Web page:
This chapter examines the impacts of hydraulic fracturing (‘fracking’), a form of unconventional gas extraction, on rural communities. While some potential in terms of employment growth and the construction sector are considered, as well as the rationale behind such approaches to development, this chapter focuses mostly on the increasing resistance against fracking. Such conflicts are often rooted in varying ideas about land and land-use and differing meanings of natural resources in general. The analysis of contemporary fracking and land use conflicts draws on examples from the fast-growing literature on the impacts of fracking in Australia, the United States and Europe, as well as our own research. In addition, the ways environmental conflicts evolve in the domain of hydraulic fracturing are examined drawing parallels with wind energy and mineral extraction debates.
    Energy practices and the construction of energy democracy in the noordoostpolder the Netherlands
    Rasch, Elisabet Dueholm ; Köhne, Michiel - \ 2018
    In: Energy, Resource Extraction and Society Taylor and Francis - ISBN 9780815380153 - p. 70 - 87.

    This chapter analyses how energy democracy is constructed through past and present energy practices. We do so by way of a case study of a Dutch municipality, the Noordoostpolder, where residents successfully resisted a nuclear power plant and the extraction of shale gas and today work towards a local transition to renewable energy. We argue that energy practices can be transformative and that they mediate and produce new norms and practices of energy production that come together in the construction of energy democracy from below. We argue that contemporary renewable energy practices are rooted in local energy histories, rather than in ideological considerations about sustainability. It is through these energy practices that “sustainable” and “local ownership” are rendered key elements of energy democracy and imaginations of new energy futures. Economic viability, options for creating universal access, alignment with sustainable lifestyles, technological innovations and possibilities for maintaining a comfortable lifestyle are all important considerations in the construction of energy democracy in the Noordoostpolder, discursively and in practice.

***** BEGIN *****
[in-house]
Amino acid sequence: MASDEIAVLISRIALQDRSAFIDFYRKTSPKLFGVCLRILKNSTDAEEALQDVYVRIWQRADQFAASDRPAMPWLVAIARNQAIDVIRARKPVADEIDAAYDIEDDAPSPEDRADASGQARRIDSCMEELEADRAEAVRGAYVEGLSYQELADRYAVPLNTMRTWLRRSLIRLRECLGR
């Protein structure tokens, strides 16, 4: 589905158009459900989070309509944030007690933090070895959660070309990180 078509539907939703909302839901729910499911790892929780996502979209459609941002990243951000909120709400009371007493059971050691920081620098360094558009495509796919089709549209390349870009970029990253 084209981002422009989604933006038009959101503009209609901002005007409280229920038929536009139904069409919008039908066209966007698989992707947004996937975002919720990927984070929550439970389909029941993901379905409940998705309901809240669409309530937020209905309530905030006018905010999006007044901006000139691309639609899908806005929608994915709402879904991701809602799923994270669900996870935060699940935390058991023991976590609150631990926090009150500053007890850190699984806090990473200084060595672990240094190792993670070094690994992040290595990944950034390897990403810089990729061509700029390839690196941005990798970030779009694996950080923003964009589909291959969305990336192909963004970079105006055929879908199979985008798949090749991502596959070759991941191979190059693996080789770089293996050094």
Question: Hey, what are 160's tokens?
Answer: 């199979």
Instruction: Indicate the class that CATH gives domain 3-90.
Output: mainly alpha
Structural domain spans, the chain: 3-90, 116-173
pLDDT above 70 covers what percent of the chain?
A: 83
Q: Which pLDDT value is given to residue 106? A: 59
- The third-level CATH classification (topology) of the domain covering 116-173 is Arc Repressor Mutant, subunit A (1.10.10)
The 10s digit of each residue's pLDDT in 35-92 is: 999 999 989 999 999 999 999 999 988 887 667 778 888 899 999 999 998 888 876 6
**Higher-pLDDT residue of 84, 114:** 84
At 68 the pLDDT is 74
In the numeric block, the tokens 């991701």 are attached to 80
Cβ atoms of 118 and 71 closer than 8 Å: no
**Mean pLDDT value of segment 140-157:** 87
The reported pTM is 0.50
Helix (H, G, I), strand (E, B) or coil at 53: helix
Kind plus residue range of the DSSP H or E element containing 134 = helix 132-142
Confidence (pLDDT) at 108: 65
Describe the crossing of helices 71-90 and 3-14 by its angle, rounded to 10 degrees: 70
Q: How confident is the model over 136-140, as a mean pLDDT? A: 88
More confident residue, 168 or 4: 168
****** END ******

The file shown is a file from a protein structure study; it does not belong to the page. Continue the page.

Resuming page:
Is ‘activist’ a dirty word? Place identity, activism and unconventional gas development across three continents
    Luke, Hanabeth ; Rasch, Elisabet Dueholm ; Evensen, Darrick ; Köhne, Michiel - \ 2018
    The Extractive Industries and Society 5 (2018)4. - ISSN 2214-790X - p. 524 - 534.
    Activism - Coal seam gas - Fracking - Place identity - Shale gas - Social identity

    Communities respond to unconventional gas in a variety of ways. In some communities, industry has held a social license, while in other areas, industrial development has been slowed, halted, or prevented by social resistance. Repeatedly, across multiple nations and communities, we have observed that social identities that either incorporate or eschew activism intersect with perceptions of this development's effect on place identity to either foster or discourage opposition. Particularly interesting are cases in which fracking is perceived to threaten local place identity, but where activism conflicts with social identity. To mobilise different sectors of the population, it often appears important for local residents to be perceived as ‘regular citizens’ and not as activists. We explore how intersection of social identities and place identity shaped the different ways in which communities in Australia, Canada, the Netherlands, and the United States have responded to unconventional gas development. Communities resisting development often see ‘activism’ as something that ‘outsiders’ do and that must be rejected as insufficiently objective and neutral. This view of activism and activists produces specific forms of resistance that differ from typical ‘activist’ actions, in which ‘knowledge’, ‘information’, neutrality, and objectivity are particularly important.